Making innovation visible
Maya Shah, Innovation Coordinator at Médecins Sans Frontières, believes innovation is a permanent challenge to the status quo. For her, innovation must be done in partnership in order to work and be scalable.
The origin of this blog article
At cinfo's 2019 Immersion Day "Shaping the organisation of the future", we asked 14 professionals why and how their organisations have taken the path of transformation. Their stories were told in different workshops on the topics of user-centric projects, new HR, digital tools and leadership.
Check out the 14 inspiring stories
Maya, what does innovation mean to you?
It means challenging the status quo and always doing better. In our specific context, the challenge is to bring western medicine and quality of care to our patients living in low resources settings, without proper structures, maybe without electricity or internet access. How can you bridge this gap? This is the purpose of innovation at Médecins sans Frontières. Humanitarian medicine can be perceived as providing second-rate care to poor people. However, MSF has shown that innovative treatments and strategies allow contemporary medical care to be provided in contexts that require unconventional approaches.
What challenges is Médecins sans Frontières (MSF) currently facing in terms of innovation?
MSF has been an innovative organisation since it was created. We are now developing processes to make innovation more systematic. At the same time, we want to avoid too many processes, because innovation is also about creative freedom.
MSF is currently developing an internal ideation platform. What is its goal?
The platform is called ‘Think Up’ and is used to capture ideas from the field and share them across the organisation, from one project to another, in different countries. The goal is to make innovative efforts visible – whether it concerns a tablet for Ebola or a power generator – and find synergies and inspiration. Its purpose is also to work collaboratively. We offer people in missions, headquarters and field offices a space where they can collaborate and create communities of practice.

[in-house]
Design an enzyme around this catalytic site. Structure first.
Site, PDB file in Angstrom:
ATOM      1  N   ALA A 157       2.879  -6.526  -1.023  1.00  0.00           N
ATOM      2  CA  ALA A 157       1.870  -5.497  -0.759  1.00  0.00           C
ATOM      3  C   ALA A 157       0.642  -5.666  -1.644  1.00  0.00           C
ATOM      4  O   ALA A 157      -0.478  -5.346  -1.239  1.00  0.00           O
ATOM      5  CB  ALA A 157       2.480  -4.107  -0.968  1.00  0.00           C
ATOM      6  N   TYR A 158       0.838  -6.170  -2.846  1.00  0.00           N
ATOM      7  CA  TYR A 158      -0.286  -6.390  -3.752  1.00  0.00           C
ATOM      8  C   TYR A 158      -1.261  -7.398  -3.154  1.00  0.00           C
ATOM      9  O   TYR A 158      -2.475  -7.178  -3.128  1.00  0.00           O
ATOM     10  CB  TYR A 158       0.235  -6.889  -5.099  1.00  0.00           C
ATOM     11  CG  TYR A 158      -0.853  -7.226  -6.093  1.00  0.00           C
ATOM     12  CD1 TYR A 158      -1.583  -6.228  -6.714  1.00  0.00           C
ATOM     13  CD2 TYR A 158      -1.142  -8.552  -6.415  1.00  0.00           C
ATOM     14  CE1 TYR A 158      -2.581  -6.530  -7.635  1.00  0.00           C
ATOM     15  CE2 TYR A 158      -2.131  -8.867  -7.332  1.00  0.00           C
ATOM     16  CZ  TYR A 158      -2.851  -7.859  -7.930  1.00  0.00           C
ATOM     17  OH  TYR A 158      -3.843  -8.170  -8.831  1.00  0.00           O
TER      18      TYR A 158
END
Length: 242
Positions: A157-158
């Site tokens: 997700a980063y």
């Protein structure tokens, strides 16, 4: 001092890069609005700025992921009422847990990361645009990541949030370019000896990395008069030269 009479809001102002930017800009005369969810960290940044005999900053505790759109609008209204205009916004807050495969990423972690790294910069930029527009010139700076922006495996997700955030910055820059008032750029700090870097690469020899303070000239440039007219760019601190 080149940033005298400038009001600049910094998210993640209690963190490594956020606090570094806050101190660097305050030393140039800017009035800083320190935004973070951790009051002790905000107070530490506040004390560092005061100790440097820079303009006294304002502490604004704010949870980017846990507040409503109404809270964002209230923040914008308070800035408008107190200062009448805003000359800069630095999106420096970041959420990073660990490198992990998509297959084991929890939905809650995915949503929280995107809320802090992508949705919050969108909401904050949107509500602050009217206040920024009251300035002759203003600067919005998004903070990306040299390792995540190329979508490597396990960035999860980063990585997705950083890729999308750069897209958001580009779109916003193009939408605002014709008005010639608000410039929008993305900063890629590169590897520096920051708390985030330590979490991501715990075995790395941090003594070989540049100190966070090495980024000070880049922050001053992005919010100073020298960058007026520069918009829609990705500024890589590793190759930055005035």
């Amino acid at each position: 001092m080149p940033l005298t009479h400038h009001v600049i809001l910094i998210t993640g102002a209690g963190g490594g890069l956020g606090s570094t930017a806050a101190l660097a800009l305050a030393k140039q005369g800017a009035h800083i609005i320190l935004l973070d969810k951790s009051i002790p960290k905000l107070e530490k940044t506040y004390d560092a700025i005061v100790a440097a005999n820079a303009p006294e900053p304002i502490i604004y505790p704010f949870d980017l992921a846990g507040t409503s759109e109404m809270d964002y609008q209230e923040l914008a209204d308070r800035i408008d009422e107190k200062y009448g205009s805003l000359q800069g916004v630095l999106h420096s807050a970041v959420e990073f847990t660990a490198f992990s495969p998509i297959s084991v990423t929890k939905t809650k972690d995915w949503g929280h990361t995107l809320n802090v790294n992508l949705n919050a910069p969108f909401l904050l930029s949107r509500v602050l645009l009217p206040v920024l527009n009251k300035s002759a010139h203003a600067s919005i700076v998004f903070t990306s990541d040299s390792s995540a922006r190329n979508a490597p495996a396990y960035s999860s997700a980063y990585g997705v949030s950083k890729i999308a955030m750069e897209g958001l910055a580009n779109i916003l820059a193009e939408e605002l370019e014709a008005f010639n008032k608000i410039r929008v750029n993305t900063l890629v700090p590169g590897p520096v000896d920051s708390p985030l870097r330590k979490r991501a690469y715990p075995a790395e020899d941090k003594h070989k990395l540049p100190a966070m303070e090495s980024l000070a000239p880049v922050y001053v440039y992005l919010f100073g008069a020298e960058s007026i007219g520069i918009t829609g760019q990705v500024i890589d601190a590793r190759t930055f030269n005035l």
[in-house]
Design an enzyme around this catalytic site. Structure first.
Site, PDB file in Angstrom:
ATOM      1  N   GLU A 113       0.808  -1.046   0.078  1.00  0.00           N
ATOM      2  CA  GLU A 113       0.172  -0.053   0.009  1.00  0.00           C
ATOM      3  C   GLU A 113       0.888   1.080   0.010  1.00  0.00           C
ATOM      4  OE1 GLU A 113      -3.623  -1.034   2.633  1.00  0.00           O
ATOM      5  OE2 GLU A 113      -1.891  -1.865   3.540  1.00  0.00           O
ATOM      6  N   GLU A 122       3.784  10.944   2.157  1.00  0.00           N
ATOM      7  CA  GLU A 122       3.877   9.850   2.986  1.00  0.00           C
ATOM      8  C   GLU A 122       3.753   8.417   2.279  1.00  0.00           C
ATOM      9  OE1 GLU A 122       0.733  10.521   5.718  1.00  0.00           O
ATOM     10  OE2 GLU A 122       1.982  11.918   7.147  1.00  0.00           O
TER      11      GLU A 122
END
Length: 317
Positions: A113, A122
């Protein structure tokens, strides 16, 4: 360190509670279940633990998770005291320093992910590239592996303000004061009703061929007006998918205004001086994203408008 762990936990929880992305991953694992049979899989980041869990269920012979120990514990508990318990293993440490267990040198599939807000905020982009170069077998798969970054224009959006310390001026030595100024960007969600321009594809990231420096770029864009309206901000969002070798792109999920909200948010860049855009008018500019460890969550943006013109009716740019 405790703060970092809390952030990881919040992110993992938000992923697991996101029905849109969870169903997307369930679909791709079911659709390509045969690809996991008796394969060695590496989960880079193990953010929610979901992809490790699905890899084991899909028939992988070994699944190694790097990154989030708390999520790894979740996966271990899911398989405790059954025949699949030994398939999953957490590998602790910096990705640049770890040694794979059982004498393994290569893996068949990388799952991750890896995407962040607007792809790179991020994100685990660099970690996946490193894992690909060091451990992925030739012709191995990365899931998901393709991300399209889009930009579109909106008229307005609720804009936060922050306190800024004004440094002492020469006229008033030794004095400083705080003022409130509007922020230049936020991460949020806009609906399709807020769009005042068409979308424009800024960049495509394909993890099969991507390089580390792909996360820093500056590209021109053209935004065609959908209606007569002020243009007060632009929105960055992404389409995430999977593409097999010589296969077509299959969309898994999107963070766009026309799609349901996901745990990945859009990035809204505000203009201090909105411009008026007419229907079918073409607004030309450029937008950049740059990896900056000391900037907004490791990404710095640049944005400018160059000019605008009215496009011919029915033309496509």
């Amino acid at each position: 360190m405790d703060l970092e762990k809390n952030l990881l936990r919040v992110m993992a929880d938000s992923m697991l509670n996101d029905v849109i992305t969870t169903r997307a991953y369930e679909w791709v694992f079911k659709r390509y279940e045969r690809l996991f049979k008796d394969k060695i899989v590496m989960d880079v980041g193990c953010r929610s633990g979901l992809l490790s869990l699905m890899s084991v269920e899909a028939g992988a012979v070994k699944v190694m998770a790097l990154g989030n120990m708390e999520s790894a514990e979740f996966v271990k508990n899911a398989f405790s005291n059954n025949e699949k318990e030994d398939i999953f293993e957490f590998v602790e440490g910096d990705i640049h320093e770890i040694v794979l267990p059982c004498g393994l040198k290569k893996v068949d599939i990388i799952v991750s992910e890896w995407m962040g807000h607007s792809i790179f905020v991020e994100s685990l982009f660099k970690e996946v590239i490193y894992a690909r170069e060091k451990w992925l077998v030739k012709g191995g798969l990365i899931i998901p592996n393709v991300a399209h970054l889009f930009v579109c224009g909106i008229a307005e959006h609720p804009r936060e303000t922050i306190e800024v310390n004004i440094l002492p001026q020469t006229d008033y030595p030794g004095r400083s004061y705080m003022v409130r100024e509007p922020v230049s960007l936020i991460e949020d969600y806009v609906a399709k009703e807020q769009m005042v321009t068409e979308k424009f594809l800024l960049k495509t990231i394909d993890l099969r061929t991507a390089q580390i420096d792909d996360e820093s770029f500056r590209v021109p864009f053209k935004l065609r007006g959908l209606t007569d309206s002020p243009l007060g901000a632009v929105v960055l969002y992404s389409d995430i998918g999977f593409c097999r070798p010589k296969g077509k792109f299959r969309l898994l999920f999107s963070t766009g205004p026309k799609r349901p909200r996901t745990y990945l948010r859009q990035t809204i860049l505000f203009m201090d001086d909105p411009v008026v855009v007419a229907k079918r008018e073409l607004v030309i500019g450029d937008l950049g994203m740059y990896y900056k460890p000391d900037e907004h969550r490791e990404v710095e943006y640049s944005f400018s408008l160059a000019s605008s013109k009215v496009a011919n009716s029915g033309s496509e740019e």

The innovation team at MSF was initially a separate unit before becoming an internal support unit. Why this transformation?
This change reflects organisational maturity and culture. At the time when we were a separate unit, MSF did not really have a culture of innovation. Our team managed the innovation projects itself, sending the signal to other departments that innovation only happened in our team. Then, gradually, the organisation matured; we realised that we did not actually need a separate unit and so we became a service to the different departments. We function as a catalyst; we help to establish partnerships or search for resources, such as human, expert and financial resources. We help to put in place co-creation and design workshops. We are no longer innovation project managers: our mission is to help others in their own projects.
The innovation unit became a service to the different departments.
Is there a specific mindset that fosters innovation?
Yes, not being risk averse. Obviously, organisations should not take harmful risks, but there should be room to experiment with new solutions. And then you need direction and a leadership that is ready to make this creative space available. You need political will, the ability to point out what is not working, and the right to fail.
What qualities are required to be innovative?
Being innovative is about being solution oriented. And in my opinion, when you work in the difficult contexts in which MSF is active, without access to the resources available in our countries, you learn to innovate – because you learn to make do with what is around you to provide the best quality of care. I don’t think anybody in the humanitarian or development field thinks “I am not going to do my best job”. And when they try to do their best in their job, and try to be solution oriented, they become innovative.
When you try to do your best in your job, you become innovative.